Putting in overtime with Elm

Exploring purely functional programming with Elm

Tinkering with new technologies or ideas is a fun & efficient way to become a better software engineer. At comSysto we acknowledge this by providing lab days.

My co-worker Sekib and I decided to spend our lab days with Elm, a functional compile-to-JavaScript programming language to a get a glimpse of the future frontend programming. Our goal was to facilitate overtime calculation at comSysto, thus we created harvest-overtime.

Harvest is a tool we use for hour tracking & invoice creation. It’s tedious to calculate your overtime hours but luckily for us harvest offers an API and we happen to be programmers.

Currently harvest-overtime runs in “production” on a github-page and can be accessed by anyone with a comSysto account. You can check the overtime hours for the last four years and customize your weekly working hours.

Screenshot Harvest Overtime
Screenshot Harvest Overtime



If you’ve already read about Elm you have probably heard some praising about its error messages; to sum it up, everything is true. I’ve never seen better ones. I hope that other languages, libraries and frameworks get inspired to improve their errors, too. Just have a look at these two examples:

Naming Error
‍Naming Error
Type Mismatch
‍Type Mismatch

But it does not stop there. Elm’s Type system catches a lot of bugs before your program even starts. You’ll get an easy introduction to functional programming without mentioning any complex functional abstraction (looking at you Monad), while profiting of all the good things e.g. immutability, predictability and composability.


So is everything great in Elm world? Of course there are some drawbacks. Talking with anything outside of Elm is tedious. For instance, any JSON response of a server input needs to be decoded to an Elm record. That’s not really a hard task but you need write a fair amount of code to get it running. As a JavaScript developer the main feature I’m missing is npm install everything (even if you should use that with great caution), Elm is still young and there’s not yet a library for everything. However, this is a great opportunity to contribute to the community.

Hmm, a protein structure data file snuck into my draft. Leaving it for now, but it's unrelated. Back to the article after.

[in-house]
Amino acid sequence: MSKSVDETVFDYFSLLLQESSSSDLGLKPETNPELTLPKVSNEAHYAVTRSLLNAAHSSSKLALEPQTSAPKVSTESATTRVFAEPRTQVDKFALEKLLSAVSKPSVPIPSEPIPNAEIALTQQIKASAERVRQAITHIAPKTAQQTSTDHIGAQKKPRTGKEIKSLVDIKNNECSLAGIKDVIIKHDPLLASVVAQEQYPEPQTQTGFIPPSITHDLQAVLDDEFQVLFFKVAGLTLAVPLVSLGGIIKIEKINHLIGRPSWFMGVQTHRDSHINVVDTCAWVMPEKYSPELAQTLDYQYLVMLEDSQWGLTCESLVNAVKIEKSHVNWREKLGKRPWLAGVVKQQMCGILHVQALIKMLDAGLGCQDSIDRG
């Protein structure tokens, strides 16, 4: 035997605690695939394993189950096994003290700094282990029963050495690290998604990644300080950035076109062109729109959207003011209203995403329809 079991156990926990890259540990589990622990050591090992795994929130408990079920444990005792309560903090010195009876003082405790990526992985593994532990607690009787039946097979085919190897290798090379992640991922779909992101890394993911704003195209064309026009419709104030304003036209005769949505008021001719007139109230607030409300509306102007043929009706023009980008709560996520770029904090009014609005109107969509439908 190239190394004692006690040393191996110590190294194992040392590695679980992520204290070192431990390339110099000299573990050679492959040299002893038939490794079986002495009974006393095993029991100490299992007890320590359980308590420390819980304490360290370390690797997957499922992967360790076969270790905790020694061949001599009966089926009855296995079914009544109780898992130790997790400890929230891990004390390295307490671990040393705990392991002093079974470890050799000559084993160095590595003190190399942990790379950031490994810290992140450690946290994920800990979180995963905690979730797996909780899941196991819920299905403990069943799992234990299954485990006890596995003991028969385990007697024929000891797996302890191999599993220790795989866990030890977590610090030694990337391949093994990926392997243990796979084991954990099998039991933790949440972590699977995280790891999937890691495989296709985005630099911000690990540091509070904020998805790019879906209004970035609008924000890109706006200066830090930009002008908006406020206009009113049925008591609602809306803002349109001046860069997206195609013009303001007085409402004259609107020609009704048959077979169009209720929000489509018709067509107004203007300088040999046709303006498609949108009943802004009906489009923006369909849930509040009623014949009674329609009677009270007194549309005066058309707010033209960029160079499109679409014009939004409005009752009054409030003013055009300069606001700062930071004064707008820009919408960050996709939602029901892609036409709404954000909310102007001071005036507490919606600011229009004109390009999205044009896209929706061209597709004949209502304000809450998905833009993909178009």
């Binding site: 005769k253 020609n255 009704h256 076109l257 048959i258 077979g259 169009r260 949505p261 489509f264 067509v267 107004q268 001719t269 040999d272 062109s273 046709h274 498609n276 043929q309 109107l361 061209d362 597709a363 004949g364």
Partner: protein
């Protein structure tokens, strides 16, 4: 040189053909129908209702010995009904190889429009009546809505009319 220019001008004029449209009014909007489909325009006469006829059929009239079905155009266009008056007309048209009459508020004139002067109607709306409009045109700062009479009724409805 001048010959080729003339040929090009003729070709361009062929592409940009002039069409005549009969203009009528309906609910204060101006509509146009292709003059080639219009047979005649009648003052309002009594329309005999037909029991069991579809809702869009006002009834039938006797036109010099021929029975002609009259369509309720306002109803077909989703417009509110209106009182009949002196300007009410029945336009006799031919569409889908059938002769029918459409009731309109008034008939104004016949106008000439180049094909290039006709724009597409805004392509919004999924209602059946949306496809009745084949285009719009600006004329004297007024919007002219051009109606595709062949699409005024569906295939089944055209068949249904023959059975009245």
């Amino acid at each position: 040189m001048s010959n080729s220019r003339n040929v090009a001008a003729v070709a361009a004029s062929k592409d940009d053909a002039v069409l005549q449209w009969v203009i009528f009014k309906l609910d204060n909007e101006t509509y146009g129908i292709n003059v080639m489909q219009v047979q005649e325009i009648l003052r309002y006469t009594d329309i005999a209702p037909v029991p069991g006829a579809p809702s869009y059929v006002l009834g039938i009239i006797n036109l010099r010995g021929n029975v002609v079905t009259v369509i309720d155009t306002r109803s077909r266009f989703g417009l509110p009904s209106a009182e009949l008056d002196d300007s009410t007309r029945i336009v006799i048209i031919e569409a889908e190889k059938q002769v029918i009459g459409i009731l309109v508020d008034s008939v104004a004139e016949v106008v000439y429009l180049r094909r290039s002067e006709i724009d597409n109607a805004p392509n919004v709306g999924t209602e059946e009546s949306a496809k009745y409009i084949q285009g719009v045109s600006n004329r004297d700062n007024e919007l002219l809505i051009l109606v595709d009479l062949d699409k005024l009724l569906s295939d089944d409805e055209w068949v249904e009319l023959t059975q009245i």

Being good OSS citizens we have separated a harvest-api library from our main harvest-overtime project and published it to elm-package. The library wraps the harvest REST API and removes the need for decoding if you want to built something on top of harvest.

Publishing Elm packages is not really complicated. You can find all instructions here. Please read it but the most important takeaways are:

  1. Have a proper README.md
  2. Create decent docs for your library as described in elm-package documentation. You can preview the docs with this nice tool
  3. Tag your library (e.g. git tag -a 1.0.0 -m "release notes" and git push --tags) and make sure that the version in elm-package.json matches the label. When this is done the only thing left is to publish the library with elm-package publish. That would be it ;-)


If this blog post got your interest on Elm, we’re looking forward to your issues and pull requests for harvest-overtime and harvest-api. Or maybe you decide to work with us as a new employee or customer.

We’d like to thank the harvest team for their help creating harvest-api and their attributions to us on their page.

Software Engineer - Javascript
Lean Java Expert 

Passion, friendship, honesty, curiosity. If this appeals to you, comSysto may well be your future. Apply now to join our team!

Show me the jobs!